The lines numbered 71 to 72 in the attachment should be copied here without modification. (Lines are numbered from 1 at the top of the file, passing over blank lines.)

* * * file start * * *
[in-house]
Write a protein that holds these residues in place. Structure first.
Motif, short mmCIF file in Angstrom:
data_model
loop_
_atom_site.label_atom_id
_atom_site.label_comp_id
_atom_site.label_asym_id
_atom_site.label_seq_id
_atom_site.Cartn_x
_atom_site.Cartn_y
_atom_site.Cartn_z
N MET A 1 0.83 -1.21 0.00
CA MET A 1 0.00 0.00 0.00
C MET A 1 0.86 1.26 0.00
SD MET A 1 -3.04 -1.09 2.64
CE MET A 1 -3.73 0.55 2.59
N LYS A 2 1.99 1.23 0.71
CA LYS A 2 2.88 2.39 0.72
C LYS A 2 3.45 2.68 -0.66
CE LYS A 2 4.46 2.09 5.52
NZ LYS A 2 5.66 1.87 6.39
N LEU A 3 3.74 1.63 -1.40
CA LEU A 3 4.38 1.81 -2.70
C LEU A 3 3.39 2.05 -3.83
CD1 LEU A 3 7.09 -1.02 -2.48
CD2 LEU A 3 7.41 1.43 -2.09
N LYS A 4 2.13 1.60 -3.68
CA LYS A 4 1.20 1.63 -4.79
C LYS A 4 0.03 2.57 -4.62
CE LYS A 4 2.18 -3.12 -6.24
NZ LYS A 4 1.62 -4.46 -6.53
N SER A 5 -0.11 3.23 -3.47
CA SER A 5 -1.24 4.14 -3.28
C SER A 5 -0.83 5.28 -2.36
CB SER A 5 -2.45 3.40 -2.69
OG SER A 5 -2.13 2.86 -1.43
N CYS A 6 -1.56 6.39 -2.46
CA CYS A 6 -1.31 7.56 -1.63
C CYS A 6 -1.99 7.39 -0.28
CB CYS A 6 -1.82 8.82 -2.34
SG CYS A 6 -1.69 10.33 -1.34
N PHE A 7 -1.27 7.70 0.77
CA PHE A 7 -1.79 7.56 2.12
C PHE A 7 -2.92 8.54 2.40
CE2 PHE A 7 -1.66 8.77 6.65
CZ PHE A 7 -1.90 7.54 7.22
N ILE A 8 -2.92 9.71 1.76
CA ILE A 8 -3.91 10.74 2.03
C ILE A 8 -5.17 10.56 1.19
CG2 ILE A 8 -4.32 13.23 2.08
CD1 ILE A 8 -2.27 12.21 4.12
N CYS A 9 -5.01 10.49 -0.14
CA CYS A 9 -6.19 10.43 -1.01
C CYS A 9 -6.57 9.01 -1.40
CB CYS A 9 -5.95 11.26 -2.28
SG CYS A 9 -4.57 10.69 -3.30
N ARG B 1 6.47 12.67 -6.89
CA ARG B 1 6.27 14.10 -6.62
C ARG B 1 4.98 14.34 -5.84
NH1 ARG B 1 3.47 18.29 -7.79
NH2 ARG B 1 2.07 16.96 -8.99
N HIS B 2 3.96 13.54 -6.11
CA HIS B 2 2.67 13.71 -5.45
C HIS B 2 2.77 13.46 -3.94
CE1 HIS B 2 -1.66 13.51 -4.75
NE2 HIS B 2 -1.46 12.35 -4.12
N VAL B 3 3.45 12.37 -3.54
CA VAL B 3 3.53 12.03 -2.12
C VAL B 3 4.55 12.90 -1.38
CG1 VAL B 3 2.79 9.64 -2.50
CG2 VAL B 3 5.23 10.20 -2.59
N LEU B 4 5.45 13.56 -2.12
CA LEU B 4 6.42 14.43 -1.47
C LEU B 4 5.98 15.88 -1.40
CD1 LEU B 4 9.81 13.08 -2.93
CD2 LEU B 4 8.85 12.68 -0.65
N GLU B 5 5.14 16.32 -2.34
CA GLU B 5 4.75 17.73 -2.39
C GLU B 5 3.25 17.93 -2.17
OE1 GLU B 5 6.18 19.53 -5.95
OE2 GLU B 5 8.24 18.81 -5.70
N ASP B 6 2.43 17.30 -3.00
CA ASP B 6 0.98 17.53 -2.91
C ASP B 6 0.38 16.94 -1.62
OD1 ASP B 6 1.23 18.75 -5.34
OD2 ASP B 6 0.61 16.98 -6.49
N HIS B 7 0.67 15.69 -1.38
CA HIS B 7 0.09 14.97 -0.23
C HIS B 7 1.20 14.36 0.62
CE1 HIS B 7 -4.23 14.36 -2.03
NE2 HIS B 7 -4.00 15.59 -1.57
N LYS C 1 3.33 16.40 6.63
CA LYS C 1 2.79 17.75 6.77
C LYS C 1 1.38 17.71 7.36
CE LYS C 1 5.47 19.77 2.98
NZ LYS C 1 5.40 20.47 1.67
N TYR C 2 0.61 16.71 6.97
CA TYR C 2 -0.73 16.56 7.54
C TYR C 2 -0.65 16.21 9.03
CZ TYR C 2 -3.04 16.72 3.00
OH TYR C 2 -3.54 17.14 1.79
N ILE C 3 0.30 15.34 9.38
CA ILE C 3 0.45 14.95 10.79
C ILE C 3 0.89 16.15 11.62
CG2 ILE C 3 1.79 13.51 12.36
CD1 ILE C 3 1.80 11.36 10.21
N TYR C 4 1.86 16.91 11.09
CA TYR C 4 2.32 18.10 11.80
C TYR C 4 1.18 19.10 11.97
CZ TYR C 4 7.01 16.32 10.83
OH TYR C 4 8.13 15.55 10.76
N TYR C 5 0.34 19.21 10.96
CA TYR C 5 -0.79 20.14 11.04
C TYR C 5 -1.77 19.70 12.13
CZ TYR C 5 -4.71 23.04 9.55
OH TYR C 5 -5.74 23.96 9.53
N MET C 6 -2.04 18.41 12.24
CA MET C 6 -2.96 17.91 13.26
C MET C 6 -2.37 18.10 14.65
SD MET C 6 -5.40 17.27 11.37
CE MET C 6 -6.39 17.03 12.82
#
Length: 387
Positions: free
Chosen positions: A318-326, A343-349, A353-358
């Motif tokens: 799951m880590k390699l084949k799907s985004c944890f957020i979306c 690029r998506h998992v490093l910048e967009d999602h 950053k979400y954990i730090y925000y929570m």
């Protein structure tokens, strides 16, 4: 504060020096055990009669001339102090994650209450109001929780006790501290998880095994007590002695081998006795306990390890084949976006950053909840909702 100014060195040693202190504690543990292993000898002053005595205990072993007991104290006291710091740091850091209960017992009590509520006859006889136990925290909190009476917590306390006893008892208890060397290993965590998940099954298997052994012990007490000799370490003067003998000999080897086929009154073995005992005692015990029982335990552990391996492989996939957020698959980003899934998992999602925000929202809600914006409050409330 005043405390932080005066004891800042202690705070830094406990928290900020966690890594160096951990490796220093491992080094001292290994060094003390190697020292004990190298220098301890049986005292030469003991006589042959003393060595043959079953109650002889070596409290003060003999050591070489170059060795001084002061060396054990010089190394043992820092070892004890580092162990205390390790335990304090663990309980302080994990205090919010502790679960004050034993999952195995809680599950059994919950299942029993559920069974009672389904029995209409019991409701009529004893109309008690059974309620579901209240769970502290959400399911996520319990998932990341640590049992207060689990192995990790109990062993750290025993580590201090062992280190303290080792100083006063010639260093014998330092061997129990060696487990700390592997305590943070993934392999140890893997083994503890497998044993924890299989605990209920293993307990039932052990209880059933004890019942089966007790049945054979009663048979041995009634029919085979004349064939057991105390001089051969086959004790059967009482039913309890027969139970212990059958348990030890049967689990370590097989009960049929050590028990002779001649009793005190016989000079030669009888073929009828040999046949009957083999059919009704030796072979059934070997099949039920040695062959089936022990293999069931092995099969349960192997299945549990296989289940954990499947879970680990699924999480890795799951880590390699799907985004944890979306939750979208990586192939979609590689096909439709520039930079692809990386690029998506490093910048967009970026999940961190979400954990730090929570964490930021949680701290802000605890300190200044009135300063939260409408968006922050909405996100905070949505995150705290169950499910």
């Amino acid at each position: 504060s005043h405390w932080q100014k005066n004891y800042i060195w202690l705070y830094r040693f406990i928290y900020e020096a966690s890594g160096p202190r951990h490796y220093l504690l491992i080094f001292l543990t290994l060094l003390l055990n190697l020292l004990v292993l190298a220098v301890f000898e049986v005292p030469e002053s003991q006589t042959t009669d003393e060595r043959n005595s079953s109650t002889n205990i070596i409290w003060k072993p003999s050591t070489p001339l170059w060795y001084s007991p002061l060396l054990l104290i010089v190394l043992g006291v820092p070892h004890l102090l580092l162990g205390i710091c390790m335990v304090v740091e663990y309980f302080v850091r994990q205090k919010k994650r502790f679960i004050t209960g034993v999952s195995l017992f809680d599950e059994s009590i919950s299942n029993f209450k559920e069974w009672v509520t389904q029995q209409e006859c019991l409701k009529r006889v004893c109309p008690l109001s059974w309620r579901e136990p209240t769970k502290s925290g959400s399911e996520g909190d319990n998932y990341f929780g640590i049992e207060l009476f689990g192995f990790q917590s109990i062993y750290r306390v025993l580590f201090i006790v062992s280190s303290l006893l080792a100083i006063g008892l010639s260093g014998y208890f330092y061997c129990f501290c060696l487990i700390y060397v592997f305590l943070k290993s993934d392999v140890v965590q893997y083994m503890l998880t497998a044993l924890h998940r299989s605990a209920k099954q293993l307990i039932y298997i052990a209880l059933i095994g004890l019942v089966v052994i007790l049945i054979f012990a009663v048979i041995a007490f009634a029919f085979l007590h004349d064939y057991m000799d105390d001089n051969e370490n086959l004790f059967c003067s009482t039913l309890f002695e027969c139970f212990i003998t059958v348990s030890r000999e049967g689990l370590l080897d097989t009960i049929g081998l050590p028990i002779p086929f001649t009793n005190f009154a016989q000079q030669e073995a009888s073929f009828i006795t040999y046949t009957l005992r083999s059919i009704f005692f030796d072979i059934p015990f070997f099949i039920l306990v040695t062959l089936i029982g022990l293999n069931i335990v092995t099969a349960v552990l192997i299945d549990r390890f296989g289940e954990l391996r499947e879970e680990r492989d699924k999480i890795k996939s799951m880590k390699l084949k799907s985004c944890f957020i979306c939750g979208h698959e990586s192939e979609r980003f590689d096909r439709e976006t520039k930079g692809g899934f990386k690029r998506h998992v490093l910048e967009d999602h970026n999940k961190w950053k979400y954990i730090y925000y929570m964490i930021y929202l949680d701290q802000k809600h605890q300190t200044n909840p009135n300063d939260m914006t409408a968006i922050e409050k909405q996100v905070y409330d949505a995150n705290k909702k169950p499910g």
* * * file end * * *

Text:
CG1 VAL B 3 2.79 9.64 -2.50
CG2 VAL B 3 5.23 10.20 -2.59